There really is no point making a decision that is almost 2 years away, wait and see and make a decision based on where she is and how she is doing and recommendations from her teachers. She may well be ready or she may not, but you cannot know that until you get closer. And as other's have said.. she'll be in school long enough. My son just started kindergarten and it feels like a whole new world to me; just when I figured out the other one.

My 2 cents.

If you are sending her to a public school they probably won't let you enroll her early. Sometimes they will move you up to 1st grade if you are too advanced for kindergarten. I would guess your options are to pay for a private kindergarten if you want to send her early. You may want to check with your school before you make a decision to see if they would even allow you to send her early.

I just read this book, Outliers, it' s about success, they discuss how big this is in the book. She isn't even close to the cut off, I would wait! I was an August kid and it really has impacted my whole life( mostly in terms of maturity). I have a 12 ( almost 13) year old son who's b-day is October 10 and we waited, I am so glad! He is just right where he is now. Hope this helps!

My son and daughter both have Autumn birthdays, and, even though both were academically and socially fine (and both had gone to preschool), we opted to give them an extra year, rather than rushing them. When I was considering sending my daughter to kindergarten as a very young 5 year old, a wise teacher told me, "Many parents have regretted starting their children too early, but no parents have ever regretted giving their child a little more time." So, my daughter got an extra year of preschool, and we have never once regretted our decision.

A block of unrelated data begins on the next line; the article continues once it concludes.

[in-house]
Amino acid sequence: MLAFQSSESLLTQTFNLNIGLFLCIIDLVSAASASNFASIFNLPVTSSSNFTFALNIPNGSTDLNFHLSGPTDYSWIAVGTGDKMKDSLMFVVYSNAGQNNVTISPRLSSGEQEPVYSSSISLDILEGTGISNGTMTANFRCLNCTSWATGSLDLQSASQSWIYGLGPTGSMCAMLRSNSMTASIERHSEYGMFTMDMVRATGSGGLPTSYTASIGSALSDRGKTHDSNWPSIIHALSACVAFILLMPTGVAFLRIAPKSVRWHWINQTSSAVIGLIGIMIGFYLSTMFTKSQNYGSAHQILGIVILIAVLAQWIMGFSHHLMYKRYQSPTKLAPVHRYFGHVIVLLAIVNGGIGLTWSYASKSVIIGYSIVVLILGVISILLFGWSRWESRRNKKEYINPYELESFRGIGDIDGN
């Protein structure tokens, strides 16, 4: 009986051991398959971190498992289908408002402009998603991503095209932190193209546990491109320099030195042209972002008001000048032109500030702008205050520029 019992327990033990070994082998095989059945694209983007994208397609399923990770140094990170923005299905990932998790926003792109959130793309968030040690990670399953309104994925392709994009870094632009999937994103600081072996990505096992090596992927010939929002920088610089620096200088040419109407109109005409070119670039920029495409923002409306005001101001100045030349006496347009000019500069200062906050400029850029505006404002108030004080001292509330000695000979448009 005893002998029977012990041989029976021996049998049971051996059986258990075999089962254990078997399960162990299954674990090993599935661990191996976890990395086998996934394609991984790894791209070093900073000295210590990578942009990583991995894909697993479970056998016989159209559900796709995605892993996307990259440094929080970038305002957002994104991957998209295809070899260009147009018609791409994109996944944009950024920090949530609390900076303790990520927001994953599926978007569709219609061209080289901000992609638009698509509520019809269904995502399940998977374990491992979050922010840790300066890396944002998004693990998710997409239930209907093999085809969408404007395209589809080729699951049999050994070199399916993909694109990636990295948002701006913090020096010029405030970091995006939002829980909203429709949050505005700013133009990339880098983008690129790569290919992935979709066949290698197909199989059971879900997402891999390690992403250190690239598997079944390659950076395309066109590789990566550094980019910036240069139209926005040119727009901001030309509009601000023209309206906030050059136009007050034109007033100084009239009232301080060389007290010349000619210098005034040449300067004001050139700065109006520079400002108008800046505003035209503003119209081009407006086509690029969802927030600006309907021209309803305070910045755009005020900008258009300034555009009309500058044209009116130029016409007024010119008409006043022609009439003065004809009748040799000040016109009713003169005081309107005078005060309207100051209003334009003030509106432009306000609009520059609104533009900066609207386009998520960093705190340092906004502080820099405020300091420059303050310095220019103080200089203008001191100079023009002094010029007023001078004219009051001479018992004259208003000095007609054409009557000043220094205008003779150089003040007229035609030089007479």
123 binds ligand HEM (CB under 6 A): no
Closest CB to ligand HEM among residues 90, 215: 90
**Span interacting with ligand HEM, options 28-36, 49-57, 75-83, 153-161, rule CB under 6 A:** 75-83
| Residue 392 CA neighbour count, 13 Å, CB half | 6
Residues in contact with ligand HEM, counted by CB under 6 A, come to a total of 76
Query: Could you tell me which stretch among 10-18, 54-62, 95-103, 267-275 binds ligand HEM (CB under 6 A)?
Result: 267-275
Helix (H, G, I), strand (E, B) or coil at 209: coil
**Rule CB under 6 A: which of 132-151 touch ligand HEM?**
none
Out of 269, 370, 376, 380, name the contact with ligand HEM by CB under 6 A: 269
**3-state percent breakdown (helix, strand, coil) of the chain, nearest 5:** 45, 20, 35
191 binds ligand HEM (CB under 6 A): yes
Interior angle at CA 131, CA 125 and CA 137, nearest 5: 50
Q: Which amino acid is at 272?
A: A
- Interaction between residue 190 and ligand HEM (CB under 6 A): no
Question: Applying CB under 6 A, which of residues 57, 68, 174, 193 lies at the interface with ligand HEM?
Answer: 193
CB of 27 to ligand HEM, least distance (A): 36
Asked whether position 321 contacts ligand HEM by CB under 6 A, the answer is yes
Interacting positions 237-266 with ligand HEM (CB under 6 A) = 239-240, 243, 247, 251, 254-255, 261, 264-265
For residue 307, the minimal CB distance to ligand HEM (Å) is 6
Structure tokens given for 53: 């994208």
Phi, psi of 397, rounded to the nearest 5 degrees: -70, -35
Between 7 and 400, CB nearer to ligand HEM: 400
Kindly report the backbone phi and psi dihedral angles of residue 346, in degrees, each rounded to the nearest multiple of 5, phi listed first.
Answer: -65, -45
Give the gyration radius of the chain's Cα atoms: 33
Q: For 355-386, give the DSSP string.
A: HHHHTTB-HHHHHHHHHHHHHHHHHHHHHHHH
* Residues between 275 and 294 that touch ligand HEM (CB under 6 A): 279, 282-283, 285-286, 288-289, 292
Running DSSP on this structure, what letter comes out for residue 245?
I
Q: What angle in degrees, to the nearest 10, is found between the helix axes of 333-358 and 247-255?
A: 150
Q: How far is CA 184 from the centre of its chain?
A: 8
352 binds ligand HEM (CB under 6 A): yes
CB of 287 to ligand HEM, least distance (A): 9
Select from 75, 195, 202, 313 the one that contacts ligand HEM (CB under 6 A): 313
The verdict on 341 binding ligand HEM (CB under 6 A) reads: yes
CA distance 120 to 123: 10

As a Kindergarten teacher I would say to wait. She may be doing great "academically" and socially right now in daycare/preschool, but Kindergarten is very different.
As a parent I also say wait. Our kiddos will spend so many years in school why rush it!
Good luck with your decision! :-)

If you had said she was going to miss a September cut off date, I would say go for it. We did it and haven't looked back (although my son has suffered socially in school only). Since you are on an October cut off date, I would say wait. I'm not sure where you live but most states are now using the Sept. 1st date so if you were to move or when she goes to college if she chose another state, she would be really behind most kids.

Our plan is to put her in young....My daughter will be 5 just 30 days after the cut off. Our sentiment is that it's not that big a difference. I'm sure that there will be kids in her class who are 30days older than her and just made the cut off by a day or two. If she was months younger, that would be different, but I don't think weeks will put her at a disadvantage. And if you see that she is suffering socially or academically, then you can always hold her back in Kindergarden or First grade, so she'll be in the next class. I would rather hold my daughter back a year if we find she really isn't ready then wish we had put her in earlier.

As a special education teacher, I would recommend against doing this. There is a cutoff for a reason. The extra year of developing and learning will benefit her greatly in the future. Give her a chance to excel instead of just getting by.
Go to the school where she will be enrolled and talk to the administrator. They should know their program better than any advice you can receive from strangers.
If she is bored or you feel she's ahead, be proactive as the parent to seek challenging activities for her.